Image rights in England and Wales - Jonathan Lea Network

Image rights in England and Wales

What are image rights?

Image rights can be described as:

“the expression of a personality in the public domain”. The provision of image rights in law enables “the definition, value, commercial exploitation and protection of image rights associated with a person”.

In the context of a football player, their image rights are documented in contracts which give the football player the right to receive a percentage of the monies that third parties gain from using the football player’s image.

It is important to ensure that the individual’s image and the rights attached to that image are clearly defined. In a case involving Wayne Rooney, a Manchester United footballer, the Courts have defined an image right as:

“the right for any commercial or promotional purpose to use the Player’s name, nickname, slogan and signatures developed from time to time, image, likeness, voice, logos, get-ups, initials, team or squad number (as may be allocated to the Player from time to time), reputation, video or film portrayal, biographical information, graphical representation, electronic, animated or computer-generated representation and/or any other representation and/or right of association and/or any other right or quasi-right anywhere in the World of the Player in relation to his name, reputation, image, promotional services, and/or his performances together with the right to apply for registration of any such rights.”

If a football club believes that one of its players has an image that is appealing to sponsors then the club will create a portfolio of that player and send the portfolio to a company specialising in image rights. The company specialising in image rights will then enter into contracts with the player’s club and each third party who would like to use the images.

One of the reasons why this arrangement is so popular is because it can bring tax benefits to both the player and the club. Football players are subject to income tax via PAYE and making National Insurance contributions. If a football player is paying the highest rate of tax (currently 45%) and National Insurance contributions (currently 2% of total income each financial year) then this can lead to a substantial tax liability.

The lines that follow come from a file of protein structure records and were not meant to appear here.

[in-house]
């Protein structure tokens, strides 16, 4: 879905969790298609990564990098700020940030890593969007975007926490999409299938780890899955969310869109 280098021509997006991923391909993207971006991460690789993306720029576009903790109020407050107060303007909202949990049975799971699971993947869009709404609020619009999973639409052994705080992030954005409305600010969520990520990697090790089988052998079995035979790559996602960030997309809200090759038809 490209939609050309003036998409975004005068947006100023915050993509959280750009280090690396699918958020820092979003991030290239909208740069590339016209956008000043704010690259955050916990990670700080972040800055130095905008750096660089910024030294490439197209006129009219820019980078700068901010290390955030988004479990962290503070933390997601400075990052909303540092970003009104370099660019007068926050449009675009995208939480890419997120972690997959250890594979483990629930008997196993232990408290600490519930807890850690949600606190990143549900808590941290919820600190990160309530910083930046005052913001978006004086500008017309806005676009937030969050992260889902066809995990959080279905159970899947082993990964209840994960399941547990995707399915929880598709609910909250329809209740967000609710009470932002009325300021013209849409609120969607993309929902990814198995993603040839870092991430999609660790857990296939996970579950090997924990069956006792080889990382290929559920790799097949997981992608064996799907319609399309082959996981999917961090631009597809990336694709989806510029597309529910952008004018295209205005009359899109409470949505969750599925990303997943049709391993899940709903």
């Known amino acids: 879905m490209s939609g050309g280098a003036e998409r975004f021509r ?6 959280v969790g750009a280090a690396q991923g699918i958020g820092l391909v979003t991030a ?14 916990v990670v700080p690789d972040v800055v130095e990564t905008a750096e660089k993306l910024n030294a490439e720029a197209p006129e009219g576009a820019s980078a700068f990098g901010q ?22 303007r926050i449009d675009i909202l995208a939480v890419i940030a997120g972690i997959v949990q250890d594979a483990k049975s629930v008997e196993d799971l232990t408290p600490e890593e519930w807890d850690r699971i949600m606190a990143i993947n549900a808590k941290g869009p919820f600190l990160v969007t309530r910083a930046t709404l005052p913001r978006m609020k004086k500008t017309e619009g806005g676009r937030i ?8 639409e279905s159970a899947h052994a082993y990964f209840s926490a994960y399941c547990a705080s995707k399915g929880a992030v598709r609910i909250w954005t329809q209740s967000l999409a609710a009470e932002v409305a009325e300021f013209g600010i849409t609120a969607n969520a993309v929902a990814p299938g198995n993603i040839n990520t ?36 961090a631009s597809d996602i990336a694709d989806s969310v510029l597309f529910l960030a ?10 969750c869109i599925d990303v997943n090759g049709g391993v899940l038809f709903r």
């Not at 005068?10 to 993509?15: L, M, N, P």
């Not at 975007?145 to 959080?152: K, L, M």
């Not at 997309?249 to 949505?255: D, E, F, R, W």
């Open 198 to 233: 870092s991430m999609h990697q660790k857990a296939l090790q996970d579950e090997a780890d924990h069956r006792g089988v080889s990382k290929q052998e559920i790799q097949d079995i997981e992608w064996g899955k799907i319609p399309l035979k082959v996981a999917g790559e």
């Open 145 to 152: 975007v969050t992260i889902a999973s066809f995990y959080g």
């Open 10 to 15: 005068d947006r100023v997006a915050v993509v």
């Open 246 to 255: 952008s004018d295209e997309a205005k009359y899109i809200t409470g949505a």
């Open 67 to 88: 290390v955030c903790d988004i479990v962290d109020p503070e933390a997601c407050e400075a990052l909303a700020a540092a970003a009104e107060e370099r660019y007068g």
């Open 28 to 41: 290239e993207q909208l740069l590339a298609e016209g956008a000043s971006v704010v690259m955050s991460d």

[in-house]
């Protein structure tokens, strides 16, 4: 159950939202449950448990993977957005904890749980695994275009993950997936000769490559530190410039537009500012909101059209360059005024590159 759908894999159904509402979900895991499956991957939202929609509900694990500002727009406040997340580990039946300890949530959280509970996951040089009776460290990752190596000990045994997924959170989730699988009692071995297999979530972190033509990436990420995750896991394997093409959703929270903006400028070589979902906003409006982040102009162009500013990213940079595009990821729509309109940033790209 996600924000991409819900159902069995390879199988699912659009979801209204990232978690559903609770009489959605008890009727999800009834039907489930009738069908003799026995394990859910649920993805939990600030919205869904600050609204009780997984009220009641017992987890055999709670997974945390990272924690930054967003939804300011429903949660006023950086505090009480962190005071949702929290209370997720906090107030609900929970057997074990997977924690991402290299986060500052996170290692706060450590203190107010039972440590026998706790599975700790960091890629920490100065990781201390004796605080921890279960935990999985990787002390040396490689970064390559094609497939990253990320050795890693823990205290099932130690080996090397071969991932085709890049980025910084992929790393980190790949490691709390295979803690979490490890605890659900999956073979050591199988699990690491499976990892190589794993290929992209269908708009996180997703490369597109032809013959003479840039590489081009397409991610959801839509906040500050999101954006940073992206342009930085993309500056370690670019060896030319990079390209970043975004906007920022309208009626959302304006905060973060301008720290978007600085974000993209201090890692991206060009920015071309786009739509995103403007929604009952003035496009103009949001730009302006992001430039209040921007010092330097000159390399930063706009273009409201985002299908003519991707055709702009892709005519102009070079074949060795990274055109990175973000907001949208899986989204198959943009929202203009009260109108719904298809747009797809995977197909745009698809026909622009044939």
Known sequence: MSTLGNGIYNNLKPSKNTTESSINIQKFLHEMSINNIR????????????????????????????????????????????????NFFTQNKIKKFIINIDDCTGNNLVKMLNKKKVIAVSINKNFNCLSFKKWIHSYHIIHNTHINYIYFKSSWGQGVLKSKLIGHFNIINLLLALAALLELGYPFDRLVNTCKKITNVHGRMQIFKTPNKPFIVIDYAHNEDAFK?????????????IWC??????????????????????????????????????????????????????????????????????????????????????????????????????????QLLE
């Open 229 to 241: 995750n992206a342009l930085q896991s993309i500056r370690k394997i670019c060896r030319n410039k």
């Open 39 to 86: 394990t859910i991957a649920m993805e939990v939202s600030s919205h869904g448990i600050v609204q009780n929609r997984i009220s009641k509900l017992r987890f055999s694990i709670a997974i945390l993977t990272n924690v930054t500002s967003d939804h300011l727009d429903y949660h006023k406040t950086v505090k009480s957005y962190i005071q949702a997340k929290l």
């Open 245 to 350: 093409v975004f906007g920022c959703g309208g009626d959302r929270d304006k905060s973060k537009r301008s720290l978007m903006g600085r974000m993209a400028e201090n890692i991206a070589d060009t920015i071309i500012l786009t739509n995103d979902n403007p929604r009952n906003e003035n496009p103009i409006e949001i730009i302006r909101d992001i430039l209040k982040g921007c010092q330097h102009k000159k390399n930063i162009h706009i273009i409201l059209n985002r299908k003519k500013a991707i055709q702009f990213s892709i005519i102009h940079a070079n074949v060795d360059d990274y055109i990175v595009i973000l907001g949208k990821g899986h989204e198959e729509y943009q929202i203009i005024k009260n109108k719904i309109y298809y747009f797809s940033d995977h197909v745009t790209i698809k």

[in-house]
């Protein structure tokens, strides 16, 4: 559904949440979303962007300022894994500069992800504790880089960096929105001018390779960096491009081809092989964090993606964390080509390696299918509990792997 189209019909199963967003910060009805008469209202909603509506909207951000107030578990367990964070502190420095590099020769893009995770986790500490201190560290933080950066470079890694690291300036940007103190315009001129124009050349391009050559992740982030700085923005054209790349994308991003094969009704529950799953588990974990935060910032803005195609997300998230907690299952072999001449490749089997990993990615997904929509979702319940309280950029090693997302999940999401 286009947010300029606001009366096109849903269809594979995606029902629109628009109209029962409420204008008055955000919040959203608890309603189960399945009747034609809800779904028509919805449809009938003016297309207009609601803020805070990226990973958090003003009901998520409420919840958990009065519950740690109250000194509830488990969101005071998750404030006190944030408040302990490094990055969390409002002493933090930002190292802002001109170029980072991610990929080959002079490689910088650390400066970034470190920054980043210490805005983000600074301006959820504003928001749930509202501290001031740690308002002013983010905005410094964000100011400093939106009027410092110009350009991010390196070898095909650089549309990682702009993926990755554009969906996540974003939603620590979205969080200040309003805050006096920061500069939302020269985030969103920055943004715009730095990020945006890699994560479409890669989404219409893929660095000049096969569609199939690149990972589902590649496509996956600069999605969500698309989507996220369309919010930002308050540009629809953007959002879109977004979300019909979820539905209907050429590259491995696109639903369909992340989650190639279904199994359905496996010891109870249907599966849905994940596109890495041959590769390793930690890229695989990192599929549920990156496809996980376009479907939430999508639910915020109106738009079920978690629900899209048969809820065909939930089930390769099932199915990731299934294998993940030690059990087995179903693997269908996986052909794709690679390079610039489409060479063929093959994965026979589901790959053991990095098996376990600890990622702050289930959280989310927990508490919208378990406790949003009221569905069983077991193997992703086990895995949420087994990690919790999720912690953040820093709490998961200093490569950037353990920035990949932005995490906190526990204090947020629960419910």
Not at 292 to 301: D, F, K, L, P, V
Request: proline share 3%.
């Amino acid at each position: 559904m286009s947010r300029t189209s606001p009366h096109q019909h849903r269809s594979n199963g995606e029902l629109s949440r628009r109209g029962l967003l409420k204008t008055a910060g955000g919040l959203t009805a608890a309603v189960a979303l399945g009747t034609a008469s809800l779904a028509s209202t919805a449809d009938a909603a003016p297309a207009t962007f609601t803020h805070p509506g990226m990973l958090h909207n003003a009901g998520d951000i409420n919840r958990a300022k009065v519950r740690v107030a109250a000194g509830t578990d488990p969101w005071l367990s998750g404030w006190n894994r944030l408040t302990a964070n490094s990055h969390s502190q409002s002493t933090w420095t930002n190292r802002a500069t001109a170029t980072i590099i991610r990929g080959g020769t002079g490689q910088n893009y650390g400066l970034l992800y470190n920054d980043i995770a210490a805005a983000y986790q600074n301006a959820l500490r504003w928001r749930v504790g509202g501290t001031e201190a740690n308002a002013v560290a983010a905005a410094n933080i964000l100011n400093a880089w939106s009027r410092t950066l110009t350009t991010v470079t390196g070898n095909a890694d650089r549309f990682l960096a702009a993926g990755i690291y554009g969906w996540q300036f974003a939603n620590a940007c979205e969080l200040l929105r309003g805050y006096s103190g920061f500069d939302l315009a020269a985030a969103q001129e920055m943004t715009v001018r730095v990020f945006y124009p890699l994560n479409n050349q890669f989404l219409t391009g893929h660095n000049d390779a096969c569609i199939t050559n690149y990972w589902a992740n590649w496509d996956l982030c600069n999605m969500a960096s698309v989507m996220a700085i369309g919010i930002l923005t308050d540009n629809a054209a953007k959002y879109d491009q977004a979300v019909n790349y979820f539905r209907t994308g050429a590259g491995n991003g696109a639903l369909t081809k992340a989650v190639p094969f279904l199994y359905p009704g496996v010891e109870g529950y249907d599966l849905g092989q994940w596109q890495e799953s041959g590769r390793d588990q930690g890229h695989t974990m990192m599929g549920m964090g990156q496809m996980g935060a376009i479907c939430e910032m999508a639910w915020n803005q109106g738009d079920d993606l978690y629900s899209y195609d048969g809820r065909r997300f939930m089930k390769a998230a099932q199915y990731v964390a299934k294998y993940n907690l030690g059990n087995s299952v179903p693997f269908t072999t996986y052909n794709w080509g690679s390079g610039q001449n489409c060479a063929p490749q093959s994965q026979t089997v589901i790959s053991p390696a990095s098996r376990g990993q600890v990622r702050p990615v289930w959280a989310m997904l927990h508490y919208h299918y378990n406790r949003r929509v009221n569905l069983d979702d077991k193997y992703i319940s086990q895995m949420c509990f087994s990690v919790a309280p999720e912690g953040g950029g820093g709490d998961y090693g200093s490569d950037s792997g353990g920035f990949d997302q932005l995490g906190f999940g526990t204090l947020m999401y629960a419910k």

However, if a player’s club pays an image rights company directly then the player will be liable for corporation tax (currently 20%, due to decease to 18% in 2020) rather than up to 45% income tax. In addition, the club does not have to pay the employer’s national insurance contribution (currently 13.8%) on the payment to the image rights company.

Following investigations by HMRC in 2010 in relation to football players’ image rights deals that were illegitimate, HMRC have implemented a two-stage ‘cap’ system that applies to all Premier League football clubs in England and Wales:

  • The Stage 1 Cap (‘the club cap’) states that a football club cannot pay more than 15% of its income each financial year in image rights payments; and
  • The Stage 2 Cap (‘the player cap’) states that a football club cannot pay more than 20% of a football player’s total salary payments to an image rights company in each financial year.

Passing off

At present, the law in England and Wales has no specific legislation which aims to protect image rights.

An individual with an image capable of being commercialised can enforce their valuable image rights via the common law tort of passing off. The goodwill in the image rights is protected via the tort of passing off, which arises automatically, lasts indefinitely and gives the beneficiary protection against unfair imitation of their image rights which could lead to damage to their reputation.

For example, in 2012, Rihanna, the singer, brought a claim under the tort of passing off against Topshop, the fashion retailer, alleging that Topshop was producing and selling t-shirts with Rihanna’s image on it without her consent. The Court found in favour of Rihanna, which immediately stopped the unauthorised sale of the t-shirts with Rihanna’s image on.

The tort of passing off is one of the best ways for a football player to enforce their image rights and could be used in circumstances which could lead to reputational damage, such as if a player’s image has been used in a way that suggests the player endorses a product or service, when in fact they do not.

If an individual discovers that their image is being misused then in order to successfully bring a claim for passing off, they will need to demonstrate:

  • The individual has a reputation and their image has goodwill. This would be relatively easy for any high-profile athlete to demonstrate as they would most likely have been the subject of extensive media coverage and other product endorsement contracts already in place.
  • That a significant section of the relevant market believed (falsely) that the athlete endorsed the product or service. This would also be relatively easy for any high-profile athlete to demonstrate as if a consumer saw a product or service with a high-profile athlete’s image attached to it then the consumer would assume that the high-profile athlete endorsed that product or service.

Advertising Standards Authority